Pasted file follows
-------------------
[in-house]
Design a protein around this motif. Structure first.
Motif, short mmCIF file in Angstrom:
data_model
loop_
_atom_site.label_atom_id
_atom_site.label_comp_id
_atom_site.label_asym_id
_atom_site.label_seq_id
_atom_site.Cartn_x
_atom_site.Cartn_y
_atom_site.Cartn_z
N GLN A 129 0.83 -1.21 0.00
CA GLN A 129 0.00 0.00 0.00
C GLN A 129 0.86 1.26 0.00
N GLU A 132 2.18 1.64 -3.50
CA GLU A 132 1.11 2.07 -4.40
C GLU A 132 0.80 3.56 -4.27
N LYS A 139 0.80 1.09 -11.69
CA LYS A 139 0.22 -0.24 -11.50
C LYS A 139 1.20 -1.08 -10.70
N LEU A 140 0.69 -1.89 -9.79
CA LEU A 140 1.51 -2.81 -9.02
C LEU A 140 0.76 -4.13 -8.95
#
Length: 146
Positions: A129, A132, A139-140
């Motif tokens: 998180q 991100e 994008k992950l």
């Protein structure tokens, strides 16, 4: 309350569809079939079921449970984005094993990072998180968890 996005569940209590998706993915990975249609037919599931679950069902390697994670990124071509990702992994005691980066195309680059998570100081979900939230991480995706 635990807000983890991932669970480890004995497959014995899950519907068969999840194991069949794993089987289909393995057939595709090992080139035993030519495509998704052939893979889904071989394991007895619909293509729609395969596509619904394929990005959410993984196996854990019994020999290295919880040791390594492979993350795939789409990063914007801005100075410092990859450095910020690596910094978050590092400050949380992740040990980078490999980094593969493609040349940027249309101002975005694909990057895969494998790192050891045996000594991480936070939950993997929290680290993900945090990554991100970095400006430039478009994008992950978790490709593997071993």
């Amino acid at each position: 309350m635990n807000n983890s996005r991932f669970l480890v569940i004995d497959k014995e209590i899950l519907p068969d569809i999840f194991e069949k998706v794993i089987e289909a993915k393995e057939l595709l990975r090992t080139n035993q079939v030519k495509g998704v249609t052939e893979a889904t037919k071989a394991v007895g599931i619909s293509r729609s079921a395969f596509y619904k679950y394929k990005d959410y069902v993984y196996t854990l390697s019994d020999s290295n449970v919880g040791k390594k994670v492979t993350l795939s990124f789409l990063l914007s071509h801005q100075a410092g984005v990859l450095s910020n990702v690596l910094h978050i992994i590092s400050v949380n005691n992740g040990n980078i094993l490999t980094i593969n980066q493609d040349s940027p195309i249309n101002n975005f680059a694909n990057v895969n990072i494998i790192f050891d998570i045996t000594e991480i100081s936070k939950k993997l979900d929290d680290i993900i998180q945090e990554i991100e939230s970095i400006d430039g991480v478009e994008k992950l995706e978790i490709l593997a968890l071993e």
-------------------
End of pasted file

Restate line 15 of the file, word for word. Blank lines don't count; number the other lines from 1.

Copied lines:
C GLN A 129 0.86 1.26 0.00